Heather Morrison points to this excellent post by Glen Newton, wherein Glen proposes that Open Access should explicitly include machine readability:
Open Access must include access by machines:
* At minimum one must allow crawls of the site/content or (to reduce the impact of badly configured crawlers) create a compressed XML file containing all metadata and either content, or direct links to content and make it available for download (and if bandwidth is still an issue put it on a P2P network like BitTorrent).
* Preferable is to offer some kind of API (OTMI) or protocol (OAI-PMH) to get at content and metadata and citations.
* Better is to offer access to the XML of the articles in addition to the PDF and/or HTML; if the XML actually has some semantic content, then we are approaching the optimum.
The end goal is to support and encourage text mining and analysis of the full-text (preferably semantically rich XML), metadata and citations to allow literature-based exploration and discovery in support of the scientific research process.
Most importantly: hear, hear!
I do, however, have a nitpick to make. Heather makes no comment on Glenn’s idea that this is an addition to the definition of OA, but in fact I think it’s already built in to the accepted BBB definition. Peter Suber refers to the removal of price and permission barriers, to distinguish Open from “merely” free access, which removes only price barriers; I’ve quoted him on this before, so here he is again:
The best-known part of the BBB definition is that OA content must be free of charge for all users with an internet connection. However, the BBB definition doesn’t stop at free online access. It adds an extra dimension that isn’t as easy to describe, and consequently is often dropped or obscured. This extra dimension gives users permission for all legitimate scholarly uses. It removes what I’ve called permission barriers, as opposed to price barriers. The Budapest statement puts the extra dimension this way:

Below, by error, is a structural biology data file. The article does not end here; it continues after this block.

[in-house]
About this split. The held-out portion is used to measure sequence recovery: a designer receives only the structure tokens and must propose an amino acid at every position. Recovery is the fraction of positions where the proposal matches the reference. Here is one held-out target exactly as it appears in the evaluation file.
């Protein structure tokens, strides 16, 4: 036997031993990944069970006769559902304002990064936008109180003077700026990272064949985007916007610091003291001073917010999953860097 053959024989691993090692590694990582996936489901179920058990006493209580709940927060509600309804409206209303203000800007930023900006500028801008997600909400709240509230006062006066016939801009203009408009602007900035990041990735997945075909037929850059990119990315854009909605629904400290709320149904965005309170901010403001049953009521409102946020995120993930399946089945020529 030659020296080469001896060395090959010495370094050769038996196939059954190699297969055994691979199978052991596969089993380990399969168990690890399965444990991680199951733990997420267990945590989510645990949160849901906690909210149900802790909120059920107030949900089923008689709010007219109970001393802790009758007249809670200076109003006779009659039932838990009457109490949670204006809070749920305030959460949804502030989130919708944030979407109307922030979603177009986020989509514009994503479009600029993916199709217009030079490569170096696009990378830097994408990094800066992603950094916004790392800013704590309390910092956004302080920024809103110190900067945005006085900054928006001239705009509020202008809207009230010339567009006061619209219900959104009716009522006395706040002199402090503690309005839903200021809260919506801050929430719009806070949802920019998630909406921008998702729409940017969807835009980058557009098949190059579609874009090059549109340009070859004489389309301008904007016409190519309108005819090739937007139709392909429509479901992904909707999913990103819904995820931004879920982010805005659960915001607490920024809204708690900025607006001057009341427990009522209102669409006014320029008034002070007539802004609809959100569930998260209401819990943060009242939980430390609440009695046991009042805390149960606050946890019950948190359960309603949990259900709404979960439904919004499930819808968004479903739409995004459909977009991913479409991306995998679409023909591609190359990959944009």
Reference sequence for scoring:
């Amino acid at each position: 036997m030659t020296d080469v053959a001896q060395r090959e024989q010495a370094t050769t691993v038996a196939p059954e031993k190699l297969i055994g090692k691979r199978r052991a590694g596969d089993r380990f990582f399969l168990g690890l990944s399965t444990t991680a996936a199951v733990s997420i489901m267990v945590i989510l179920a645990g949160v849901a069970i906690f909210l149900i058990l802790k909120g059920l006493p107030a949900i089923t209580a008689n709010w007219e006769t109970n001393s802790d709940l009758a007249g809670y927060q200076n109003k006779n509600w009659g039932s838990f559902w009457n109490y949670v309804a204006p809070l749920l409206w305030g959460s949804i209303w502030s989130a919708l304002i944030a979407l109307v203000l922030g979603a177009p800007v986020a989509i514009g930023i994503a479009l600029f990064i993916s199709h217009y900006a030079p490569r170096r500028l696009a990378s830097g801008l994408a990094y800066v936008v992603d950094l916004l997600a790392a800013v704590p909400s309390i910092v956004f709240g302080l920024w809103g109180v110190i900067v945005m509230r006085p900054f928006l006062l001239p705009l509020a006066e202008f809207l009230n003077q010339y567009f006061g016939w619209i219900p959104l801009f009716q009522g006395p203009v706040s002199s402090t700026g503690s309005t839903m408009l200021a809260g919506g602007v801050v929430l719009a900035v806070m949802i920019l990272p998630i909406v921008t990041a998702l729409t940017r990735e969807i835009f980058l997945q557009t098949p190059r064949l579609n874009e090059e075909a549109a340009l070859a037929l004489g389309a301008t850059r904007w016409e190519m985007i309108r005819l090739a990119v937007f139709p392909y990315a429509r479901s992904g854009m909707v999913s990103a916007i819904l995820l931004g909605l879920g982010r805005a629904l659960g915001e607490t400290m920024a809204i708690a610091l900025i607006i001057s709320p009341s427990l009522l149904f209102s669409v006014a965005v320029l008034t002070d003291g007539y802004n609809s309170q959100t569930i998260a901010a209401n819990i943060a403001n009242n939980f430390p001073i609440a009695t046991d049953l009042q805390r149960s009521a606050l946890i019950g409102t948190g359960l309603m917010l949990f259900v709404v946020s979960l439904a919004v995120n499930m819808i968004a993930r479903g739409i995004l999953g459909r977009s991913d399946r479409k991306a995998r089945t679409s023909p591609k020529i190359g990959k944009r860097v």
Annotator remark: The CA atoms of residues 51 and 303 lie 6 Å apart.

By “open access” to this literature, we mean its free availability on the public internet, permitting any users to read, download, copy, distribute, print, search, or link to the full texts of these articles, crawl them for indexing, pass them as data to software, or use them for any other lawful purpose, without financial, legal, or technical barriers other than those inseparable from gaining access to the internet itself. The only constraint on reproduction and distribution, and the only role for copyright in this domain, should be to give authors control over the integrity of their work and the right to be properly acknowledged and cited.
The Bethesda and Berlin statements put it this way: For a work to be OA, the copyright holder must consent in advance to let users “copy, use, distribute, transmit and display the work publicly and to make and distribute derivative works, in any digital medium for any responsible purpose, subject to proper attribution of authorship”.
All three tributaries of the mainstream BBB definition agree that OA removes both price and permission barriers. Free online access isn’t enough. “Fair use” (“fair dealing” in the UK) isn’t enough.
Having said all that, though, I’ll add that an explicit description of machine readability requirements would be an addition to the accepted definition of OA — and one that I would welcome. Peter Murray-Rust recently noted that, according to the “price and permission barriers” view of Open Access, PubMed isn’t OA — even PubMed Central isn’t OA.
I’ll go even further: can anyone point me to a single Open Access repository? I don’t know of even one such site that removes both price and permission barriers. Surely there must be some, but the Big Names (PubMed Central, arXiv, Cogprints, CiteSeer, RePEc, etc — see ROAR) don’t seem to qualify, because digital objects in these repositories carry their own copyrights, rather than being covered by a blanket license provided by the repository.
Can this be true? Five years after the BBB definition came together, more than ten years since Stevan Harnad’s subversive proposal and on the first day of the NIH mandate — widely referred to as an OA mandate! — can it be that we really don’t have a single truly OA repository in all the world? And if it is true, would it help to make the official definition more explicitly machine-friendly?